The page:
Danielle: Another potential benefit is community partnerships as agents for positive economic or environmental change. A good example is our long-term partnership with Fish and Game New Zealand. We store fresh water about 18kms from the Macraes Operation which we pump to our Processing Plant for mineral processing. However, Fish and Game use the water to farm trout, and in turn, they distribute it across Otago. This is a great example of leveraging mine infrastructure to develop a partnership that supports recreation in the region.
Gavin: We are quite broad and innovative when considering where we can influence outcomes. We are the foundational sponsor for the Waitaki Whitestone Geo Park, which aims to showcase how the local geology interrelates with culture and history, business and gastronomy. Obviously, geology is a huge part of our core business and we can provide extensive education and resources, and in turn, play a role in boosting local tourism. We are also forming strong partnerships with local landowners and engaging in important discussions around integrated land use and conservation.
Why has OceanaGold undertaken this work?
Danielle: As a global mining company, we need to keep abreast of the changes happening around us. We’ve looked at where we operate and how we can use our expertise, influence and resources to achieve long-term, positive social and economic outcomes. In New Zealand, water, biodiversity and climate change are huge drivers for positive environmental change and as a global responsible miner, we are at the forefront of that thinking.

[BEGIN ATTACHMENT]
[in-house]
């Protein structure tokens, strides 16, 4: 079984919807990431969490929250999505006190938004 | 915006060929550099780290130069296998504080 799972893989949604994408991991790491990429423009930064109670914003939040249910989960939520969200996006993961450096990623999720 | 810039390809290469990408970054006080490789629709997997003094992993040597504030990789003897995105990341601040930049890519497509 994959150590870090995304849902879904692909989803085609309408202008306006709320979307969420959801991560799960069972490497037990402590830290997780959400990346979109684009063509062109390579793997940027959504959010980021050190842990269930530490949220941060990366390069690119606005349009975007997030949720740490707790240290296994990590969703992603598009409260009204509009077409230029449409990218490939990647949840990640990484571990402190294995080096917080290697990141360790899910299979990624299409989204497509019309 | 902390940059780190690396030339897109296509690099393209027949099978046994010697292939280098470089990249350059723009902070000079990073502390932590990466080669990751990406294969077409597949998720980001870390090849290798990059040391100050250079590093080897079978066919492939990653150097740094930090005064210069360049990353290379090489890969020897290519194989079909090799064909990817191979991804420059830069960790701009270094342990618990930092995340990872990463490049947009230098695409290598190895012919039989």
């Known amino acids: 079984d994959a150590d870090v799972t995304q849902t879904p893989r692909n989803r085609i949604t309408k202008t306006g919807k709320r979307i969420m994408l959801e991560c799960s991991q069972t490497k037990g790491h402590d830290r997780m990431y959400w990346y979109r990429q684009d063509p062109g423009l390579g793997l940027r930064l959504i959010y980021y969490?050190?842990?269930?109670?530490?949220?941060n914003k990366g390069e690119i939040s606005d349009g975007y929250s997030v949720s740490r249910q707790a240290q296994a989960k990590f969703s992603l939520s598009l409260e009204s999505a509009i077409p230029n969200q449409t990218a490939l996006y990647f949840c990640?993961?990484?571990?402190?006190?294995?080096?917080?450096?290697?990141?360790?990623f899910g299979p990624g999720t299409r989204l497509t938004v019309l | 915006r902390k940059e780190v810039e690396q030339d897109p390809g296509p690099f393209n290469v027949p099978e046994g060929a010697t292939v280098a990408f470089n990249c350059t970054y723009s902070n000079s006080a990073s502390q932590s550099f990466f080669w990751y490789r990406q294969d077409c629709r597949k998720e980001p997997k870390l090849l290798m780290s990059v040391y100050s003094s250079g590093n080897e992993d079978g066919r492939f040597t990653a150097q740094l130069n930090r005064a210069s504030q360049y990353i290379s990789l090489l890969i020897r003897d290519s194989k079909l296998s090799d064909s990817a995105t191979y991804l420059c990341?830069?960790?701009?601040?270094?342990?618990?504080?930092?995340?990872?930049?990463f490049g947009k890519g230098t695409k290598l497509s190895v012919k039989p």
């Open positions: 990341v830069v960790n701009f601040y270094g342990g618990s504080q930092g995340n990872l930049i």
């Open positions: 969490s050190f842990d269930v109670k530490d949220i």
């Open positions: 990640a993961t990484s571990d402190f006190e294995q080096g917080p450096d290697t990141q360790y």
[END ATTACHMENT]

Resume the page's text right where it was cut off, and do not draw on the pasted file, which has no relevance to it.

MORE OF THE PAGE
Gavin: It’s about staying ahead of the game. Twenty years ago, the industry had a narrow view on how to manage social impacts and took purely a risk mitigation approach. For example, the machinery we use to mine an open pit might create some residual dust impacts to local residents, so how do we mitigate the dust…but really, the broader risk was around the issue gaining traction in the community and having the potential to stop works. That view only considers the operator or the project. We don’t think like that anymore – we can’t. The mining industry is always evolving. Today we approach risk mitigation with a broader, more opportunistic lens – it’s no longer just about risk to the project, it’s about risk to the community. In the same way you don’t mitigate safety issues because you are trying to reduce the cost of injury, you’re controlling a hazard to save lives and livelihoods.
What happens next?
Danielle: The Social Change Assessment was the first step in collecting extensive data about our influence and impact across the region, and New Zealand more broadly. The next step is to dig deeper to analyse and validate the findings, and we will involve the community in that process.
Gavin: This piece of work has allowed us to take a more systemic approach to managing and influencing our impact as we move ahead with plans to extend mine life at Macraes. We are part of the future in Otago, so it’s our responsibility to ensure our contribution leaves a positive legacy.
*A Social Impact Assessment is defined as: The process for the identification, analysis, assessment, management and monitoring of the potential social impacts of a project, both positive and negative